The creating animal (5/4)

Congratulations! If you are reading this, than you were born a Homo sapien, which, for all intents and purposes, puts you at the top of the food chain. Yeah for winning the reincarnation lottery ticket. You must have been a very nice fruit bat. But that’s getting ahead of ourselves. More on that later.

First off, humans are generally acknowledged to be unique. What makes us unique, however, is still up for debate. Throughout the course of this class we have been presented with various postulates about the defining feature of humanity. Paleontologists have said walking on two feet; Wrangham said that it was cooking. And still other said that our defining feature is our ability to self-create (even if it has only occurred accidentally thus far). The latter seems to me to be closest to the truth. However, it seems like it is not only our inclination to self-create but our creative nature as a whole that sets us apart from the rest of the animal kingdom. It would be appropriate to call humans the creating animals.

Every other animal in the world that has been documented by humans so far has the innate ability to protect themselves. They have hard shells, exoskeletons, sheer mass, fangs, claws, venom, intense night vision, etc. Either that or they live fairly removed from predators (groundhogs, meerkats, etc.). Humans, on the other hand, have none of these things. We are, physically speaking, practically defenseless. Yes, we are exemplary long distant runners. Yes, we have exceedingly dexterous thumbs. But in comparison to the sheer mass of a whale, the brute strength of a bear, or the hard shell of the turtle, we’ve got nothing. Despite this disadvantage, humans have survived for almost 150,000 years now and are often considered the “ultimate predator”. This is only because humans have technology to make up for their physical shortcomings. They create weapons and clothing to emulate a giant fang or a fur coat. Essentially, a new body part. No other animal does this to the point where they are fully dependent on their technologies for basic survival nor on the massive scale on which humans do. This is simply because no other animal has to. They can survive completely without the assistance of artificial body parts. Humans cannot.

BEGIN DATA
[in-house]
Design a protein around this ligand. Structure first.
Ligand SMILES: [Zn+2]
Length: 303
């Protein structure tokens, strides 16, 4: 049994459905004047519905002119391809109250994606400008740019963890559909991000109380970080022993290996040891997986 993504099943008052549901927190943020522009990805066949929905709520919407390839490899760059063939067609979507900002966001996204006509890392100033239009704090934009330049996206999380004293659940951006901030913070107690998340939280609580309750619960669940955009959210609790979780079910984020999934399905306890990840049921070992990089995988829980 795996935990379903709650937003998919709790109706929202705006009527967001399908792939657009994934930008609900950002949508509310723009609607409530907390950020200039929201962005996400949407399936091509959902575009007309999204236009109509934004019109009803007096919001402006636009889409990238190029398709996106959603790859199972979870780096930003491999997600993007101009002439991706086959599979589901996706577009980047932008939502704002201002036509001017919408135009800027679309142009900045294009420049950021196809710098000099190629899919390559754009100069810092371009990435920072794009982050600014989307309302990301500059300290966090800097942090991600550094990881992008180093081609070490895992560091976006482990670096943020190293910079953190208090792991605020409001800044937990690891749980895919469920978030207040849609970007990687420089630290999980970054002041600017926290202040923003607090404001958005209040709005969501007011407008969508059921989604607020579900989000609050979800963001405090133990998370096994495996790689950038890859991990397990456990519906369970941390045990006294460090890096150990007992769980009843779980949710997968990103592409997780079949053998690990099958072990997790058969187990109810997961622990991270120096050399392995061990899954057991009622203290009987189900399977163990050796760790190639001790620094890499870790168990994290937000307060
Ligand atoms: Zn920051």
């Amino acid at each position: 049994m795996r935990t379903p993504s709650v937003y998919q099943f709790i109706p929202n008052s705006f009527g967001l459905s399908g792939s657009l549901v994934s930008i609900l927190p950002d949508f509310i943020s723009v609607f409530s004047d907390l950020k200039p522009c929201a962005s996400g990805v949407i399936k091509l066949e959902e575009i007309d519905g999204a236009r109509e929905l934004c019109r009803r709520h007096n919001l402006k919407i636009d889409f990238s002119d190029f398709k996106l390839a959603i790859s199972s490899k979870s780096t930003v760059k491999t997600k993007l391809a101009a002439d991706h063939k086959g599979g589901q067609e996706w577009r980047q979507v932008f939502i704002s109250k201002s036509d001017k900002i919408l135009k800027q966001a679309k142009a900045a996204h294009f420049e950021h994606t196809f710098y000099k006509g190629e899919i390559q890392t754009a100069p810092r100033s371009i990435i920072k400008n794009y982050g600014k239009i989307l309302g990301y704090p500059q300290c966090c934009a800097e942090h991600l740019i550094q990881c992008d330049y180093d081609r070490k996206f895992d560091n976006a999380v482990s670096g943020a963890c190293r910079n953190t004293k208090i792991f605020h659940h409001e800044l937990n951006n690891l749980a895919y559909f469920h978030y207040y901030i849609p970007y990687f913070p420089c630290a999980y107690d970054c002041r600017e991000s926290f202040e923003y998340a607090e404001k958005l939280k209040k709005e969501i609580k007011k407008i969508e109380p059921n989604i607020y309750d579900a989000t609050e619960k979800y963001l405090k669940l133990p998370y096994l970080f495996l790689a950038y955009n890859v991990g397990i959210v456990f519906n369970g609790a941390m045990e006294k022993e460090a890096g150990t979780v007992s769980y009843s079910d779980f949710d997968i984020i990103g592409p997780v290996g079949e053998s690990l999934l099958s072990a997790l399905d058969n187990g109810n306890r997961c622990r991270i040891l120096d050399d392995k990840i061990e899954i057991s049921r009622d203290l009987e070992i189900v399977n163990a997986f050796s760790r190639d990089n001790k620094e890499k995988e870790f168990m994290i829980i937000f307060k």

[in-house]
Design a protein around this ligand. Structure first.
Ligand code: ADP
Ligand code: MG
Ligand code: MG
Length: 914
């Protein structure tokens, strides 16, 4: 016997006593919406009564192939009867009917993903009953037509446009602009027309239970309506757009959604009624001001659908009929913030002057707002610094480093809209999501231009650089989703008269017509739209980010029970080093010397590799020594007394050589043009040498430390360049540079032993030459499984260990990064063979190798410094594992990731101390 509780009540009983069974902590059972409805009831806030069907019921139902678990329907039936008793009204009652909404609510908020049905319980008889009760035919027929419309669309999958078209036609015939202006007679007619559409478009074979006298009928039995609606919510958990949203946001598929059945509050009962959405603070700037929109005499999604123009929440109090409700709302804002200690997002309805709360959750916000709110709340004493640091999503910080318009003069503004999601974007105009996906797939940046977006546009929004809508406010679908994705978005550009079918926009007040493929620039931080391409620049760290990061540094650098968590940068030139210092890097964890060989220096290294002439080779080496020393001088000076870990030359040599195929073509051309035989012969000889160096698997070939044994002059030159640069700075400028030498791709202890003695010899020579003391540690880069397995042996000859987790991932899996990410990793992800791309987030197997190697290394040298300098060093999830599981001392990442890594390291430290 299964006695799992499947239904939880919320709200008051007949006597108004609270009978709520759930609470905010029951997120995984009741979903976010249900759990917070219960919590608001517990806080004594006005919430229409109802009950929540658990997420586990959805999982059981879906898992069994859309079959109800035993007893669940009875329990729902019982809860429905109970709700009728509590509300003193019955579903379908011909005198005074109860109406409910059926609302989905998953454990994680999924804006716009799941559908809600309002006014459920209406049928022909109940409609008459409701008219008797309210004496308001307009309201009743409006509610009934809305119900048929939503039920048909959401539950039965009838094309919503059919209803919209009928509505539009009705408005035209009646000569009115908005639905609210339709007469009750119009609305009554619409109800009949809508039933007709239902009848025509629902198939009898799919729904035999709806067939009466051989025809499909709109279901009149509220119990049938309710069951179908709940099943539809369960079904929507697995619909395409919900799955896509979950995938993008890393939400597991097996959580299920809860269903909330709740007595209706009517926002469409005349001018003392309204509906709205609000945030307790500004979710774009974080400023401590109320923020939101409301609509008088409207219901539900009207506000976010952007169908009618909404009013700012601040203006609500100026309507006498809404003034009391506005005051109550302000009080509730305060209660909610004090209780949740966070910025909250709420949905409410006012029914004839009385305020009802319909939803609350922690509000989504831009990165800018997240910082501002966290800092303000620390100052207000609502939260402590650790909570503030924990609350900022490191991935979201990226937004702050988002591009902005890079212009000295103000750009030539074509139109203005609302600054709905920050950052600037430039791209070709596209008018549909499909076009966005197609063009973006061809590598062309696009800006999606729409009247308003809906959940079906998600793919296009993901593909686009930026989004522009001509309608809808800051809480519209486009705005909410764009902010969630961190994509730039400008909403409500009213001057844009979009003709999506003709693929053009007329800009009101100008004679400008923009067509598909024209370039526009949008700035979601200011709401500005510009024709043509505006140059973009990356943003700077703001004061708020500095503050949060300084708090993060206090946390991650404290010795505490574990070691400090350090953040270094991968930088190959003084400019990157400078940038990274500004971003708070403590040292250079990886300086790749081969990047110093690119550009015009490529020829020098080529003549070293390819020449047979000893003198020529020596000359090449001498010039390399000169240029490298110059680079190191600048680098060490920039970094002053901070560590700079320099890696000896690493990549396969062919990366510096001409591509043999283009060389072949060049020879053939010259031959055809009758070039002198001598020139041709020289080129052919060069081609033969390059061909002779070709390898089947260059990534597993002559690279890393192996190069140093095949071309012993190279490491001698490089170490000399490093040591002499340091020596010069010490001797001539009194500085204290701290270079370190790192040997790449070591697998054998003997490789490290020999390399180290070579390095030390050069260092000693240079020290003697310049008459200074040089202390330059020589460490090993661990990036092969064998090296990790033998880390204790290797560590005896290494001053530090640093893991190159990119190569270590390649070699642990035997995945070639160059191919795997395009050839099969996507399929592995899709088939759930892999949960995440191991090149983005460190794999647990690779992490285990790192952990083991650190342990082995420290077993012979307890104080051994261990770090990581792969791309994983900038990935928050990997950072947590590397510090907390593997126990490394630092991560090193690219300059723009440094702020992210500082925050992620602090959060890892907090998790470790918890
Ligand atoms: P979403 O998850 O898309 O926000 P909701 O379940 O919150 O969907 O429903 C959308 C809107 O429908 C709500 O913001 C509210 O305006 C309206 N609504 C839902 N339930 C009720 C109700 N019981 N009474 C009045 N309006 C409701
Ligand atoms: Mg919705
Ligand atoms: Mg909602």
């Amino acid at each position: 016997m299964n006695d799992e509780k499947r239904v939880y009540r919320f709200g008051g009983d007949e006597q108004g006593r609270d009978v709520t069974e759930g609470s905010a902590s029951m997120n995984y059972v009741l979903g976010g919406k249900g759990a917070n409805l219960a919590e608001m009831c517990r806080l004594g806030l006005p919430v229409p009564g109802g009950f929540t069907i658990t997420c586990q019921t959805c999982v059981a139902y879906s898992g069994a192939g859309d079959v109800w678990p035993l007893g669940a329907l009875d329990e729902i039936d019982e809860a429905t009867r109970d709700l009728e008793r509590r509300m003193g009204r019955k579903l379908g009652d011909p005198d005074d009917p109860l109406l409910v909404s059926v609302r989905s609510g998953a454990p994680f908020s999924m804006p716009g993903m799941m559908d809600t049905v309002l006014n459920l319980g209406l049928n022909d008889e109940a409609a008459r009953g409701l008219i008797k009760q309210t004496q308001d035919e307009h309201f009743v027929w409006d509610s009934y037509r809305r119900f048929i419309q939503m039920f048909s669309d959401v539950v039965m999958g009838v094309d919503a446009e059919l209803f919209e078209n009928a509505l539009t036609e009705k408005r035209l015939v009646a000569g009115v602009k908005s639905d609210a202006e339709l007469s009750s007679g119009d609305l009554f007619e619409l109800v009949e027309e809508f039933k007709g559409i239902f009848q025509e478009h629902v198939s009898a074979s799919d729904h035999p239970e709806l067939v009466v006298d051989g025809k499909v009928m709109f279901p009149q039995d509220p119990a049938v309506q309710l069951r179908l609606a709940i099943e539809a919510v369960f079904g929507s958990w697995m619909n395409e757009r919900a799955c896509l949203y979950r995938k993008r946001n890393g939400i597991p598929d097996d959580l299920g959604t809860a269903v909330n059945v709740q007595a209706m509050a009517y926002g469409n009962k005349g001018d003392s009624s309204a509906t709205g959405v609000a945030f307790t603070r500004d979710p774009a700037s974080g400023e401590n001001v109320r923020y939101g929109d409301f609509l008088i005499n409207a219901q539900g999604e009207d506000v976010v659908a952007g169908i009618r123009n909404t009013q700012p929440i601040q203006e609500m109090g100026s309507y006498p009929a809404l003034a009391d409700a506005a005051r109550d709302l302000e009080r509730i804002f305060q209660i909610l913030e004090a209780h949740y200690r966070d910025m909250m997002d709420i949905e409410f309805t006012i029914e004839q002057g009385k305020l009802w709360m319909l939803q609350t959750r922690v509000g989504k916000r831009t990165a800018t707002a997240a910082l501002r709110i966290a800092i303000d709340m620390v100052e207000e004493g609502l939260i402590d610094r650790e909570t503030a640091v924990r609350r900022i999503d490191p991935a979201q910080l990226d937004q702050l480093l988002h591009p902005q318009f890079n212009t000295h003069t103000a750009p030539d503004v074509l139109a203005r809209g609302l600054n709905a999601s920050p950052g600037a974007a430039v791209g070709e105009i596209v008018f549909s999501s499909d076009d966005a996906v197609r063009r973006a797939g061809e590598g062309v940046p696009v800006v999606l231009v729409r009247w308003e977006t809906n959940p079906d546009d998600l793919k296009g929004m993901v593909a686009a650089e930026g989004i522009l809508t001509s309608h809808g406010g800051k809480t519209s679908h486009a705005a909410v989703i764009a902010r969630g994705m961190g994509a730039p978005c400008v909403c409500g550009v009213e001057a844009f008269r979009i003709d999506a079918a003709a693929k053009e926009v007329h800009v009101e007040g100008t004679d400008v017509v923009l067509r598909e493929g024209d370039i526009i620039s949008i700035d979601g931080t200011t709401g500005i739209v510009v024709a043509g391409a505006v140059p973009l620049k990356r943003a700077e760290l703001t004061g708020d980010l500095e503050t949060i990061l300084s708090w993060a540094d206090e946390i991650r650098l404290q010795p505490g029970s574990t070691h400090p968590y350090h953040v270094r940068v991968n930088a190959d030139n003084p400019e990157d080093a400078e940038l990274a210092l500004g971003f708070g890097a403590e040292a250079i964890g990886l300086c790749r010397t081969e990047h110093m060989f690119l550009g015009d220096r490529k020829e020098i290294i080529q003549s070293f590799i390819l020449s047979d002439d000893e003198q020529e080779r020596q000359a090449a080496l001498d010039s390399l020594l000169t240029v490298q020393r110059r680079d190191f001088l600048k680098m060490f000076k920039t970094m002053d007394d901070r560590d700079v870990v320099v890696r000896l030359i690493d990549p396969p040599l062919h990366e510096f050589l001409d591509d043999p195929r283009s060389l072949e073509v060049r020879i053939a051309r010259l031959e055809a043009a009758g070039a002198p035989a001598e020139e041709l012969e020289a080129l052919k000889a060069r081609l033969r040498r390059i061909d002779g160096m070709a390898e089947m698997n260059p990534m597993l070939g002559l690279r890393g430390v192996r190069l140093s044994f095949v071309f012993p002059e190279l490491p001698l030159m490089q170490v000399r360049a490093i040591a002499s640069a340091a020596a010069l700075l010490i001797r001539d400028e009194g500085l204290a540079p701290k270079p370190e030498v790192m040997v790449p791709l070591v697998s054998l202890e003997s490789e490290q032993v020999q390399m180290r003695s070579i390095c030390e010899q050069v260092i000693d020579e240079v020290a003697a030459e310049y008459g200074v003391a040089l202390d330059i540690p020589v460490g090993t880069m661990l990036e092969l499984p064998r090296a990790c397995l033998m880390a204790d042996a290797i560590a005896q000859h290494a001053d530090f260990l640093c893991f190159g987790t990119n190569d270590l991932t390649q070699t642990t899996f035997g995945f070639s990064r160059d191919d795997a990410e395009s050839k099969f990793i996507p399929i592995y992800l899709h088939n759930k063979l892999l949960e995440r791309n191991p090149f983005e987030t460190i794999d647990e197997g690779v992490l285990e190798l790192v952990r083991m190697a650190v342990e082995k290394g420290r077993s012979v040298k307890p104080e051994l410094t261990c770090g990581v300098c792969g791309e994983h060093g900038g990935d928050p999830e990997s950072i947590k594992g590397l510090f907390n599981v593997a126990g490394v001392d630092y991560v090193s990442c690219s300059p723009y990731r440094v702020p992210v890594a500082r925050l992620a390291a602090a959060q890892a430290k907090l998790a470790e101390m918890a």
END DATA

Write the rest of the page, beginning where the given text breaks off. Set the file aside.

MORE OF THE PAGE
Humans, as a whole, have a desire to create. Whether it be a machine or a painting, a novel or a t-shirt. This is an innate desire that is not a learned behavior. As soon as children learn  basic motor function, they began to create. Mud pies, finger paintings, we do not normally think of these things as great creations, but they set us apart from the rest of the animal kingdom. No other animal creates from such an early age. Gorillas and seals have been taught to paint in zoos, but they do not do this of their own volition. They were taught by humans to paint. It is not their invention. I also sincerely doubt that they find their artwork to be emotionally fulfilling. This is not the case with humans. Humans will spend years, decades, their entire lifetime if necessary to reach what they consider to be perfection in a piece of artwork. There are very strong emotional ties between the artist and the artwork, between the creator and the creation. This is something completely unique to humans. You will not find another animal in the world that is as artistically inclined as humans. Humans are the creating animal.

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One Response to The creating animal (5/4)

  1. William Popov says:

    A very interesting viewpoint Kasey. I agree wholeheartedly.

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